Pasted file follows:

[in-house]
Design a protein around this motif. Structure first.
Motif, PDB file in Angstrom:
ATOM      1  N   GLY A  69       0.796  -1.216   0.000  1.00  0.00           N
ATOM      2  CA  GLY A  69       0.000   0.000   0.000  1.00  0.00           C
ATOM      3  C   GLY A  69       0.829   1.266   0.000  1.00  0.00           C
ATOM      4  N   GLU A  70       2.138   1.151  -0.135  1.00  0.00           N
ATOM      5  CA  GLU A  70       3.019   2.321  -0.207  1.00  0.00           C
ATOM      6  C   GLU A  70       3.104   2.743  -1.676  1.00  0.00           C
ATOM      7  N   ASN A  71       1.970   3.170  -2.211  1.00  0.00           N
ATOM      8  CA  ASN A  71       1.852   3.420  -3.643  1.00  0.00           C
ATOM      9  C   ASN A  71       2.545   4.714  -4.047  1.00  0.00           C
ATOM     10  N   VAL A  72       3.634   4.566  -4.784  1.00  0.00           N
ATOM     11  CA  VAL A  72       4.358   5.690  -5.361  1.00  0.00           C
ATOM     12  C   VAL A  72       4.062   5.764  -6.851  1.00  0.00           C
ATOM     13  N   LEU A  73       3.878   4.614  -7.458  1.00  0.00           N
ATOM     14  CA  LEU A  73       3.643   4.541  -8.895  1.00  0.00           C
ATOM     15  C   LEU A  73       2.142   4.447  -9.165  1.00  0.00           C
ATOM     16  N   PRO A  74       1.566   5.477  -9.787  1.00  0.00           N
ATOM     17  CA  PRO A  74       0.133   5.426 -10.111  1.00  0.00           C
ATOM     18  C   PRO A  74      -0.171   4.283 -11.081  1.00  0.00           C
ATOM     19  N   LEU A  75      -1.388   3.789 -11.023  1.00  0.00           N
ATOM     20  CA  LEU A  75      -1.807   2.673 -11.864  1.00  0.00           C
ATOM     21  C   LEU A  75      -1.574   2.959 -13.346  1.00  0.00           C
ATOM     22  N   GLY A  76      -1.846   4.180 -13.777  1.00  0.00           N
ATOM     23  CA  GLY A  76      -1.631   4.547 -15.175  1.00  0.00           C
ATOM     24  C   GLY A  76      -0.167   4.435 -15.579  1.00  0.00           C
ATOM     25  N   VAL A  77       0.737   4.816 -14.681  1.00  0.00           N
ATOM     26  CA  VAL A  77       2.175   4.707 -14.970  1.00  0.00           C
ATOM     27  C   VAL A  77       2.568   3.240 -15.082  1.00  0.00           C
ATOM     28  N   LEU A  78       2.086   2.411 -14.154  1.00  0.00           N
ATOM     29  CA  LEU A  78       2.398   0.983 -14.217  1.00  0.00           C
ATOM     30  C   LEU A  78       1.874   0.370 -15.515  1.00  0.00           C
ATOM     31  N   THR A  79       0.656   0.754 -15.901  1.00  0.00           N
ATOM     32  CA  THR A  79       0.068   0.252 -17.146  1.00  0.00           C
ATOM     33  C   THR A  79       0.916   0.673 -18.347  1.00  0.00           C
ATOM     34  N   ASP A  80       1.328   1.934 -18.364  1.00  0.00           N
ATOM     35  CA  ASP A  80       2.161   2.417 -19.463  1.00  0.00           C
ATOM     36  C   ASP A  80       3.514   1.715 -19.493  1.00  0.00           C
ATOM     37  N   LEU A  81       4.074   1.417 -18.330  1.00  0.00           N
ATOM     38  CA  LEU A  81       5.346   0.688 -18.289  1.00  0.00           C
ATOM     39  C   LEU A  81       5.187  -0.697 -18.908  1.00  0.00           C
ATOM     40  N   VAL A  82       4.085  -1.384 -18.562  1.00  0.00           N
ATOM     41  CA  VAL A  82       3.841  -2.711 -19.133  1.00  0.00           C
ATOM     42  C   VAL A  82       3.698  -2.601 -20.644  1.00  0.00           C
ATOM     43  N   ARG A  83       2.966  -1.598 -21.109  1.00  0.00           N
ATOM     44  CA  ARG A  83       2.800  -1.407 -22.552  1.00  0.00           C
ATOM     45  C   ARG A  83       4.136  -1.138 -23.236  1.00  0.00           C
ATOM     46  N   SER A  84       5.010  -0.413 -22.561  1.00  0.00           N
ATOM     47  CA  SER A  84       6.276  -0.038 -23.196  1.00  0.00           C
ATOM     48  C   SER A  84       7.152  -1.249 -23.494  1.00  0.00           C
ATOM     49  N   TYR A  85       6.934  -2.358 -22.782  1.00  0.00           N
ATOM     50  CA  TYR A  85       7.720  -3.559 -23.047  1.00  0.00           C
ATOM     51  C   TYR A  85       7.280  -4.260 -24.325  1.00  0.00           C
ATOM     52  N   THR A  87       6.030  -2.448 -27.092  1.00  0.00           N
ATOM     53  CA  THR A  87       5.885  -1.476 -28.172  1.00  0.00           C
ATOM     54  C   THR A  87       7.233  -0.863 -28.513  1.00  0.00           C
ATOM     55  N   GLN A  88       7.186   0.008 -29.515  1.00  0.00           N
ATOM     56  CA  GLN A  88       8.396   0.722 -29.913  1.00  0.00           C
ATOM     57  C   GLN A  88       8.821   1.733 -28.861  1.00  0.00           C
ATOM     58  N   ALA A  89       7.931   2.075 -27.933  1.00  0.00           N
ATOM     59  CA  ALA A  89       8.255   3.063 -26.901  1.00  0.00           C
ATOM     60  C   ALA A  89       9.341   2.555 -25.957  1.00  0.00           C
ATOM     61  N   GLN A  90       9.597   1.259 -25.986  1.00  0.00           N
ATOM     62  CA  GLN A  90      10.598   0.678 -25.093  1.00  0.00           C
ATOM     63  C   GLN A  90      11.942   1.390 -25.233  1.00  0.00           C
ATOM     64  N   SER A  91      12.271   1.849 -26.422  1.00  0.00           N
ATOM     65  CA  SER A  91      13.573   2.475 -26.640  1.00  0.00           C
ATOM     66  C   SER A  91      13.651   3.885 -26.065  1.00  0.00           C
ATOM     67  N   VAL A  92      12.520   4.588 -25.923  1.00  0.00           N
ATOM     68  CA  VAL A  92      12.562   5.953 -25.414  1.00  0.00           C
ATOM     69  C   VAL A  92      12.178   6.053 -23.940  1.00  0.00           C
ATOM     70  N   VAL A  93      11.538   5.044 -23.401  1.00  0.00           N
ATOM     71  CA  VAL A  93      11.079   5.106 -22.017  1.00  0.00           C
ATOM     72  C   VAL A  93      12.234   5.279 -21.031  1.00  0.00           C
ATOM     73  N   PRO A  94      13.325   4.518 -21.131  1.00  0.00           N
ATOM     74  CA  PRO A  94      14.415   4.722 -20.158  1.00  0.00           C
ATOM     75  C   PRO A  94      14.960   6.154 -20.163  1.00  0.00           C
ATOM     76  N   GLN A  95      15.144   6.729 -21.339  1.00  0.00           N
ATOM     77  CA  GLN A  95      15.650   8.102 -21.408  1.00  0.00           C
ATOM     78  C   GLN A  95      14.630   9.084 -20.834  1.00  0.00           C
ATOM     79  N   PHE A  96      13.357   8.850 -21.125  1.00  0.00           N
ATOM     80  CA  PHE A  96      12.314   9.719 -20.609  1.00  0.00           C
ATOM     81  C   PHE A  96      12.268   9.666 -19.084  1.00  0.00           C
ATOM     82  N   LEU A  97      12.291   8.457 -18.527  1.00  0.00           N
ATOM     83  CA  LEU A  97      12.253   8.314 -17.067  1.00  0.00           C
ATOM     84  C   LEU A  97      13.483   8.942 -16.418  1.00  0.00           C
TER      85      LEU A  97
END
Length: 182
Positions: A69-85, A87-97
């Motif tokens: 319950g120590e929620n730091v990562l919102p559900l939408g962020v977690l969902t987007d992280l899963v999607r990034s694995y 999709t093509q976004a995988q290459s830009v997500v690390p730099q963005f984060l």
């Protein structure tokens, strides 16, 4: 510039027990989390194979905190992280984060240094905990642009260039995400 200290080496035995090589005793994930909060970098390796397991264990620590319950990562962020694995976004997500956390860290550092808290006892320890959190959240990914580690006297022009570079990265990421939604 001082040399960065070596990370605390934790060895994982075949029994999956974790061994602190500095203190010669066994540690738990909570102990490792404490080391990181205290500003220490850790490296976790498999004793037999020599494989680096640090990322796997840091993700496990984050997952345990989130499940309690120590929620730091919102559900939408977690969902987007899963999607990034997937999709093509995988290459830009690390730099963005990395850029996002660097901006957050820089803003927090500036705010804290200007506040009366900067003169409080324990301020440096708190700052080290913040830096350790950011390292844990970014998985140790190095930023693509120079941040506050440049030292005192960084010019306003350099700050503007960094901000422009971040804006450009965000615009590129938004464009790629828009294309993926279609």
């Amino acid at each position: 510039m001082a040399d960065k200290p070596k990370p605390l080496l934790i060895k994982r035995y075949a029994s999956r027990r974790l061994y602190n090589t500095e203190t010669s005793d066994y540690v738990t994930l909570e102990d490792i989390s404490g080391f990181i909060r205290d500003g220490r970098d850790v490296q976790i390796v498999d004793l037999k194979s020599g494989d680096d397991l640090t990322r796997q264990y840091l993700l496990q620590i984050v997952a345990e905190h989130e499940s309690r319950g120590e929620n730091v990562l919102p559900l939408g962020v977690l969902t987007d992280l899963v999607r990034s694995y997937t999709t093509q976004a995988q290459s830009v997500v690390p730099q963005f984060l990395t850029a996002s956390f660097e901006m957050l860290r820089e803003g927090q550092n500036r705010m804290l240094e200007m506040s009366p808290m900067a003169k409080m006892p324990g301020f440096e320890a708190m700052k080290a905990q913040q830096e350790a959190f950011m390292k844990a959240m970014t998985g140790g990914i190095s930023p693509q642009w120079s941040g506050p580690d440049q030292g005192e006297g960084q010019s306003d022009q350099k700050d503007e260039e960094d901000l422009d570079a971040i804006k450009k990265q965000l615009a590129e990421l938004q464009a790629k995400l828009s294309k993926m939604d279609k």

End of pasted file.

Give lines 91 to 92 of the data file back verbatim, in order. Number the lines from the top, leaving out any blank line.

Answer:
Positions: A69-85, A87-97
């Motif tokens: 319950g120590e929620n730091v990562l919102p559900l939408g962020v977690l969902t987007d992280l899963v999607r990034s694995y 999709t093509q976004a995988q290459s830009v997500v690390p730099q963005f984060l």